Fracture Behavior and Grain Boundary Sliding During High-Temperature Low-Stress Deformation of AZ31 Magnesium Alloy

  • Peiman Shahbeigi RoodposhtiEmail author
  • Korukonda L. Murty
Conference paper
Part of the The Minerals, Metals & Materials Series book series (MMMS)


Low-stress high-temperature tensile-creep behavior of AZ31 Mg alloy was investigated to characterize microstructure evolution, uncover dominant creep mechanism and find a correlation with common creep models. The stress exponent, inverse grain size exponent and activation energy value were evaluated. Cavity nucleation from stress concentration sites, types of fracture surfaces and microstructural evidence of grain migrations were observed in crept samples that are indicative of Rachinger mechanism of grain boundary sliding (GBS). Experimental data reveal a reasonable correlation with Langdon’s model. Further analysis on fracture behavior of this alloy in a wider range of stresses show that they follow Monkman-Grant model in predicting the fracture time.


AZ31 Creep GBS Fracture analysis Monkman-Grant 



This research is supported by the National Science Foundation, Grant 0968825.


  1. 1.
    N. Farahbakhsh, P. ShahbeigiRoodposhti, A.S. Ayoub, R.A. Venditti, J.S. Jur, Melt extrusion of polyethylene nanocomposites reinforced with nanofibrillated cellulose from cotton and wood sources. J. Appl. Polym. Sci. 132, 41857 (2014)Google Scholar
  2. 2.
    N. Farahbakhsh, R.A. Venditti, J.S. Jur, Mechanical and thermal investigation of thermoplastic nanocomposite films fabricated using micro- and nano-sized fillers from recycled cotton T-shirts. Cellulose 21, 2743–2755 (2014)CrossRefGoogle Scholar
  3. 3.
    P. Shahbeigi Roodposhti, A. Sarkar, K.L. Murty, R.O. Scattergood, Dislocation density evolution during creep of AZ31 Mg alloy: a study by X-ray diffraction line profile analysis, Metallogr. Microstruct. Anal. 4, 337–343 (2015)Google Scholar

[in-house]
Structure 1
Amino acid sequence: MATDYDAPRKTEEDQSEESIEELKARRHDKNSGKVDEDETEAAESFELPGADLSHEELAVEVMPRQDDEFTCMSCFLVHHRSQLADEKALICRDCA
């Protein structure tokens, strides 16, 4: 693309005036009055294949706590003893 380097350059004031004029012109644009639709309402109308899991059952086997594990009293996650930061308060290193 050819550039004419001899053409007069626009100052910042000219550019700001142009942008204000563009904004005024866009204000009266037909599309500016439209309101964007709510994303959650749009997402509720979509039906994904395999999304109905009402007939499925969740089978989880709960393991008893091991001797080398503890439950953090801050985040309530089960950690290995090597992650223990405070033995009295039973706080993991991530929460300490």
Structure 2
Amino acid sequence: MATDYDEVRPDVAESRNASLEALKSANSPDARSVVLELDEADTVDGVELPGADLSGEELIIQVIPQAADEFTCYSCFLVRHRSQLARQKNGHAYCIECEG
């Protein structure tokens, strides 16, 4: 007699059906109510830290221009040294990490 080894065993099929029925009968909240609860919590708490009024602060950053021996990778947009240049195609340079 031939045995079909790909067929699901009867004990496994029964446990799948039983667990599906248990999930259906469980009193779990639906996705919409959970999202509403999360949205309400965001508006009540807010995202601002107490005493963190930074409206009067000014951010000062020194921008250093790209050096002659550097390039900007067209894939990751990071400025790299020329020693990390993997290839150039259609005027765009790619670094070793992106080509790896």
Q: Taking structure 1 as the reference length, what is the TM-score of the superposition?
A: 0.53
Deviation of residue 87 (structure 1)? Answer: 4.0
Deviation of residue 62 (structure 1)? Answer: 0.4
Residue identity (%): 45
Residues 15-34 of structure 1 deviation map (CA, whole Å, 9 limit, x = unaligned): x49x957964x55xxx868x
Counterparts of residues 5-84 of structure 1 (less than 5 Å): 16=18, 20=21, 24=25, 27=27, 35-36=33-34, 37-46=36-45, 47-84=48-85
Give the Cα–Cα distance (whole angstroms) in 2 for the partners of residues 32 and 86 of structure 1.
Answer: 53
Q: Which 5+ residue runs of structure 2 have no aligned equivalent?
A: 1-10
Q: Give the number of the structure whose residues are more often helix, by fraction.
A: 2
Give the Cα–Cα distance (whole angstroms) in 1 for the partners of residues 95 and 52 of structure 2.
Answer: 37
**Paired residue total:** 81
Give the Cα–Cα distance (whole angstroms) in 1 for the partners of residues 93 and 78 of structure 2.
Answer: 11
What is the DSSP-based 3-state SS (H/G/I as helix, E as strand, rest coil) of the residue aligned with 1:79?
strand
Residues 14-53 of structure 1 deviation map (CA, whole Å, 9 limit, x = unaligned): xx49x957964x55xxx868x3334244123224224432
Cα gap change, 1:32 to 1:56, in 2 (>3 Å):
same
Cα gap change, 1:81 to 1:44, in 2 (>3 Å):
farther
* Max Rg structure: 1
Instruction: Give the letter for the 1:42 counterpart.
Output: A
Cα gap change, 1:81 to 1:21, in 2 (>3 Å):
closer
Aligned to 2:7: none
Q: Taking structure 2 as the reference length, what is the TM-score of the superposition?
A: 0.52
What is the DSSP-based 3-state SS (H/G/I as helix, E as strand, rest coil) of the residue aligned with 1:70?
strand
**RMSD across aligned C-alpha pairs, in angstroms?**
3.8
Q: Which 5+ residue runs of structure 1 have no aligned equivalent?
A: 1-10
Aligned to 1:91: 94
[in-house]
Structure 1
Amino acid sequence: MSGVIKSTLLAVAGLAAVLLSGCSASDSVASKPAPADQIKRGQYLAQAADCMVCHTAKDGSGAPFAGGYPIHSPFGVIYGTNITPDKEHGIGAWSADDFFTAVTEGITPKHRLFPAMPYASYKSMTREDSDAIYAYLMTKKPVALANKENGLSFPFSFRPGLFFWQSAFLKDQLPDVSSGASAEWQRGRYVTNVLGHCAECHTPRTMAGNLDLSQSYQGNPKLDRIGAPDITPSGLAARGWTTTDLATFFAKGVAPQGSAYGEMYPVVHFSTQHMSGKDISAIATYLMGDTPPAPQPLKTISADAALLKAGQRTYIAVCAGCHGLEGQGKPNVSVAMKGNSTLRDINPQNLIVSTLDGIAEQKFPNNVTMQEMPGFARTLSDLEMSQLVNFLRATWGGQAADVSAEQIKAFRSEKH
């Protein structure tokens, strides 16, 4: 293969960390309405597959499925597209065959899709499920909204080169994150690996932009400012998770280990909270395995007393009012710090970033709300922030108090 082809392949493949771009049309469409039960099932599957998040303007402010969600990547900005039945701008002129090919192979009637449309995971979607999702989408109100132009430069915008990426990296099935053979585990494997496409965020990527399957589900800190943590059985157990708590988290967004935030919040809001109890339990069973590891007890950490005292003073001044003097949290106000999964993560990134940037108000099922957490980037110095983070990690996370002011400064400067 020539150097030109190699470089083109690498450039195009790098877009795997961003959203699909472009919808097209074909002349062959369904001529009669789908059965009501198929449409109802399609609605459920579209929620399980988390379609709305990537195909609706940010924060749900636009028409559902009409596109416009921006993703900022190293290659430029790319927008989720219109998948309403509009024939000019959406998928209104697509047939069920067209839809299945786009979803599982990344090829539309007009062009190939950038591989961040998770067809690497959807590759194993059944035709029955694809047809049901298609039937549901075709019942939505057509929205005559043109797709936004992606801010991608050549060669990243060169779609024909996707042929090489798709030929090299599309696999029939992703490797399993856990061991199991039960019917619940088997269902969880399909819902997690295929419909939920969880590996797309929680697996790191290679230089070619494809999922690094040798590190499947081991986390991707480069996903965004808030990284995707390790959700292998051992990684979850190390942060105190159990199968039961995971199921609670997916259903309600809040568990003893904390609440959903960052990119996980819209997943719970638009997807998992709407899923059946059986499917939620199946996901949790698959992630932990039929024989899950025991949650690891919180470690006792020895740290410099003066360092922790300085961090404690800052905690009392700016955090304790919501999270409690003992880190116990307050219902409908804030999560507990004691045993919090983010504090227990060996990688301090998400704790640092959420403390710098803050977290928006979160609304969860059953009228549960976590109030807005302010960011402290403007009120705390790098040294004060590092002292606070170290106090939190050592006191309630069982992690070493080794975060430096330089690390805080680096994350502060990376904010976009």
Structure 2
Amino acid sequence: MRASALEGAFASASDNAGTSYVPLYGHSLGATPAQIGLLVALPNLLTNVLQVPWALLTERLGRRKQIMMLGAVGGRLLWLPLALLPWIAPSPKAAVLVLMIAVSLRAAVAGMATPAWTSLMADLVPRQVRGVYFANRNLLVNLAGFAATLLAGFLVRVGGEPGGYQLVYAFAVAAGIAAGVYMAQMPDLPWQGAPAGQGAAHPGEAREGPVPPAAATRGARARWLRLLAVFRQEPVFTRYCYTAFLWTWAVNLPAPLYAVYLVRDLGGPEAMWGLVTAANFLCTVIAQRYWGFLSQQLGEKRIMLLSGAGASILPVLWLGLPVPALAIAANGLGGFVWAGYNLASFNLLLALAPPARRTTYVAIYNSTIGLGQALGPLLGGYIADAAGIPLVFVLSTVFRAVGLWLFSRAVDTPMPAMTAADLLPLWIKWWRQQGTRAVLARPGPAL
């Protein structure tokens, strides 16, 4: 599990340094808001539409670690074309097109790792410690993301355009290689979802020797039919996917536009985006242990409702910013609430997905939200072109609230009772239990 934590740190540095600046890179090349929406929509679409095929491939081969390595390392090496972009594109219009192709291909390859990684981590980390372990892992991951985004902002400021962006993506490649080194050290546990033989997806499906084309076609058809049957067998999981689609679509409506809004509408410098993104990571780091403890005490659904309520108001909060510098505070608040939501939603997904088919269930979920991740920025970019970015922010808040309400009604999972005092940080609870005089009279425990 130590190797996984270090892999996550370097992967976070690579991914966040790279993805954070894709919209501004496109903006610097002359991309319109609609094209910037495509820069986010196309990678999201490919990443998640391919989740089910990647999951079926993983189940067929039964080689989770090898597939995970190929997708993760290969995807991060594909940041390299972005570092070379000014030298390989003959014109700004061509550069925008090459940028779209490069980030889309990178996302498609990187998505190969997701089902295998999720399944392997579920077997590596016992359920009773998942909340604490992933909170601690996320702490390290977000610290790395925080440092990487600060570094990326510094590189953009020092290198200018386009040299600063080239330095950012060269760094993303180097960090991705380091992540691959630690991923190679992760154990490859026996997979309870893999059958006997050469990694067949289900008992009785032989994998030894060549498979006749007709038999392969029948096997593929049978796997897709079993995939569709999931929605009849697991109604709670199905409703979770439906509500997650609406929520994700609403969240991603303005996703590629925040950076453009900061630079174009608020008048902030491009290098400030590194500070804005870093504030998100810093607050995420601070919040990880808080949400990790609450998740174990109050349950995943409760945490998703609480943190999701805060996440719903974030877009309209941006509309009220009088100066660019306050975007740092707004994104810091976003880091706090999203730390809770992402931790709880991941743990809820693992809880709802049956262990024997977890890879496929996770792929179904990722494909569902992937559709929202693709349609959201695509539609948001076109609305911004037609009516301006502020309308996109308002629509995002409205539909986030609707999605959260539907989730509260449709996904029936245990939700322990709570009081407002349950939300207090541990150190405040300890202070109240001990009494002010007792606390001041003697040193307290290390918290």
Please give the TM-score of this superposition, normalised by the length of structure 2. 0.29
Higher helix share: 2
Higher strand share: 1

4. 4.
    P. Shahbeigi Roodposhti, A. Sarkar, K.L. Murty, R. Scattergood, Effects of microstructure and processing methods on creep behavior of AZ91 magnesium alloy. J. Mater. Eng. Perform. 25, 3697–3709 (2016)CrossRefGoogle Scholar
  5. 5.
    S.W. Chung, H. Watanabe, W.-J. Kim, K. Higashi, Creep deformation mechanisms in coarse-grained solid solution Mg alloys. Mater. Trans. 45, 1266–1271 (2004)CrossRefGoogle Scholar
  6. 6.
    W. Kim, S. Chung, C. Chung, D. Kum, Superplasticity in thin magnesium alloy sheets and deformation mechanism maps for magnesium alloys at elevated temperatures. Acta Mater. 49, 3337–3345 (2001)CrossRefGoogle Scholar
  7. 7.
    P. Shahbeigi Roodposhti, A. Sarkar, K.L. Murty, Fracture behavior of AZ31 magnesium alloy during low stress high temperature deformation, Metall. Microstruct. Anal. 4, 91–101 (2015)Google Scholar
  8. 8.
    P. Shahbeigi Roodposhti, A. Sarkar, K.L. Murty, Microstructure development of high temperature deformed AZ31 magnesium alloys. Mater. Sci. Eng. A 626, 195–202 (2015)CrossRefGoogle Scholar
  9. 9.
    R. Korla, A.H. Chokshi, A constitutive equation for grain boundary sliding: an experimental approach. Metall. Mater. Trans. A 45, 698–708 (2013)CrossRefGoogle Scholar